A Python safety tip: Do notice that things can throw exceptions
Recently, I discovered and fixed a long-standing bug in DWiki. The bug itself was simple, but typical of a certain kind of error that I keep making in Python: I had forgotten that the Cookie module could throw an exception, so I didn't catch it.
(Well, my general error code logged it, but I mean DWiki itself didn't catch it and do anything sensible; in this case, either ignoring the broken HTTP cookie header or perhaps reporting a security error.)
This bug lingered for so long because the Cookie module more or less only throws errors for invalidly formatted cookies, and invalidly formed cookies are often very rare. Most browsers make sure to only send valid cookies themselves and are very careful about not sending you other people's cookies, so under many circumstances it can take either a badly broken client or someone deliberately trying to attack you before you see a badly formed cookie. The net result is that you could run a web application for years before this particular code path gets triggered.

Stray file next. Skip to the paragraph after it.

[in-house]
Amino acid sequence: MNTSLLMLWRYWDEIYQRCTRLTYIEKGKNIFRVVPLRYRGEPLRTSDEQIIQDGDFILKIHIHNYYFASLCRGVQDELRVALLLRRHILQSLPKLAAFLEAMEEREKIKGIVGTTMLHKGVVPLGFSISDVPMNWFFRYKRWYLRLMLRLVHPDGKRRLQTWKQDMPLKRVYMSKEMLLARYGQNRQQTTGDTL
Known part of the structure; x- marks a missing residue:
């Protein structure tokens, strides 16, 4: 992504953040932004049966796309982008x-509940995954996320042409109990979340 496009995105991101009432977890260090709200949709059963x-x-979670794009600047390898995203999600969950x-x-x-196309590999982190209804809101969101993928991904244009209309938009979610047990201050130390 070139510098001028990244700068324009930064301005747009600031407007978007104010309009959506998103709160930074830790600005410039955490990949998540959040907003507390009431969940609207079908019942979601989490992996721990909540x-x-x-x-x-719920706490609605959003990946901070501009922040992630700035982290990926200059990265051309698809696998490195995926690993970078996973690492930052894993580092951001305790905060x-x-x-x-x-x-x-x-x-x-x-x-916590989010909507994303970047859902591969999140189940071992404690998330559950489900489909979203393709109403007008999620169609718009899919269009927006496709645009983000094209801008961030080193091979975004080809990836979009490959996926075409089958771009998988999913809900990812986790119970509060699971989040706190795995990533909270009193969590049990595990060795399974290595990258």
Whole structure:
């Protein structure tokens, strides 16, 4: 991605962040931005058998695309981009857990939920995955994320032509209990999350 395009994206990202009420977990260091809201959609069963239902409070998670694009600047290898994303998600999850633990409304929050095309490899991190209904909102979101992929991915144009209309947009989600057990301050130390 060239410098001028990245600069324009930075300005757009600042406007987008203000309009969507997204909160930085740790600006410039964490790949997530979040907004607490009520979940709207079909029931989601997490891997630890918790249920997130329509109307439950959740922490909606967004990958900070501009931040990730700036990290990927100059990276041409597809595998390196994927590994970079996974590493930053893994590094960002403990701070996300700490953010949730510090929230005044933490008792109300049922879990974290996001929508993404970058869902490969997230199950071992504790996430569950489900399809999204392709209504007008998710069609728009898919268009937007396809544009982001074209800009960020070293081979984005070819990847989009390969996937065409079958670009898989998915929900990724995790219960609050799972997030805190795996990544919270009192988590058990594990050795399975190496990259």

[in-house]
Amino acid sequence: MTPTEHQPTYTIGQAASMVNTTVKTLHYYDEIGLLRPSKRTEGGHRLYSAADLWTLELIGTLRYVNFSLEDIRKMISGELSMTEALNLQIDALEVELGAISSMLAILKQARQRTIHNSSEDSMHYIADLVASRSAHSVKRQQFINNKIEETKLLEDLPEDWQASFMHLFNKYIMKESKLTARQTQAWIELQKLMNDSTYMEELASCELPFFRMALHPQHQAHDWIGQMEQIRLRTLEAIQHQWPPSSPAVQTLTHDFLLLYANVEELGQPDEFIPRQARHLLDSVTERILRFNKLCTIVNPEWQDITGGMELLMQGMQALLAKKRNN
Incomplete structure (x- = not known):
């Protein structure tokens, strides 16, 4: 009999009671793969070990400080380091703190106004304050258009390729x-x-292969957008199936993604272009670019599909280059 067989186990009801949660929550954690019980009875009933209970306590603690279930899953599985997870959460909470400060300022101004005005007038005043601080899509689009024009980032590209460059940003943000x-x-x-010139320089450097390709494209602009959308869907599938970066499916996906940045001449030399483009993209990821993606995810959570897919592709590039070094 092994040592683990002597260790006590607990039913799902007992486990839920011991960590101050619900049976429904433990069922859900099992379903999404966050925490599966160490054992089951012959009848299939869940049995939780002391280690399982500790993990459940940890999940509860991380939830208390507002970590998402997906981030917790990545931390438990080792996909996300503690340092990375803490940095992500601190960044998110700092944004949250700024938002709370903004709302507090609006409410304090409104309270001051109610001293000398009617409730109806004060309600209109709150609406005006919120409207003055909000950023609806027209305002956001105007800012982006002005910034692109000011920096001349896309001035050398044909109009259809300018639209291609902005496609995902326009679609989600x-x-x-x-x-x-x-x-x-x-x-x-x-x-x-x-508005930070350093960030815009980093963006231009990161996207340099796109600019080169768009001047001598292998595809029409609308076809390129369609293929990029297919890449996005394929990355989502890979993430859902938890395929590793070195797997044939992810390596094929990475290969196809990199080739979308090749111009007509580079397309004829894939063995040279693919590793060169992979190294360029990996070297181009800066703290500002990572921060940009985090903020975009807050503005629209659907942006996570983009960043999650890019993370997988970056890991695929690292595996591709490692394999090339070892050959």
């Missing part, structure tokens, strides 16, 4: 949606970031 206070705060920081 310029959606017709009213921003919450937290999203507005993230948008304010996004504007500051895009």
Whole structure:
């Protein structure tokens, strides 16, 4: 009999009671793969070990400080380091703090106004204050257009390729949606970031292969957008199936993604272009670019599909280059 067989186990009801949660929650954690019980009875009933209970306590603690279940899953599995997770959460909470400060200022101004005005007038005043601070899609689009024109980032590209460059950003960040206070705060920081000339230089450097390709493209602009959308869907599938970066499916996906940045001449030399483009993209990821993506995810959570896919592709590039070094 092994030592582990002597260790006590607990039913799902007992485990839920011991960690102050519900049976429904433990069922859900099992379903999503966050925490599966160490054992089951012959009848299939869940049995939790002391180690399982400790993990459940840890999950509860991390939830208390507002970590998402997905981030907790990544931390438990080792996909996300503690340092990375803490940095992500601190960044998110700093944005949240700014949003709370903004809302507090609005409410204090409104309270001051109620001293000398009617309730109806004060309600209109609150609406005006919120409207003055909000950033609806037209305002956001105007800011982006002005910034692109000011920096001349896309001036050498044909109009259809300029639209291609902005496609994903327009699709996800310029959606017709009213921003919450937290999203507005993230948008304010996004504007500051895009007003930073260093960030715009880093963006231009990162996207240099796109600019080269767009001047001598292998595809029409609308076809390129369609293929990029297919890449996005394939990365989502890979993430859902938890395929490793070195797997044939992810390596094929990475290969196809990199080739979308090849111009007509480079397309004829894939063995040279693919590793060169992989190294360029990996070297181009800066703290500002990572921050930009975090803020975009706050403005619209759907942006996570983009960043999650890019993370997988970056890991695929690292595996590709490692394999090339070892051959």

(This is what happened to DWiki, and I'm not sure if it was an attack or just a really, really bad client. Possibly both.)
I have no real excuse for this; the Cookie module's documentation
certainly covered the
CookieError exception at the time that I
wrote the relevant DWiki code. I just didn't read that bit of the
documentation. (The current module documentation contains a more
prominent caution about this, perhaps caused by other people also
skipping over the previous version.)
This sort of mistake is almost inevitable in any language that
doesn't force you to explicitly code error handlers (either by
forcing you to explicitly handle exceptions, or explicitly including
a status return value and making you do something with it); Python
at least insures that the error is handled, one way or another. Doing better is probably the domain of
code analysis tools like
pylint, although detecting this sort of thing
might take fairly serious analysis work unless people start annotating
code and modules with information about what exceptions they raise.
(I don't believe that test driven development would have caught this error, since I doubt I would have thought to include a test with a corrupted cookie. If I had been thinking about that possibility in the first place, I would have found the exception in the documentation.)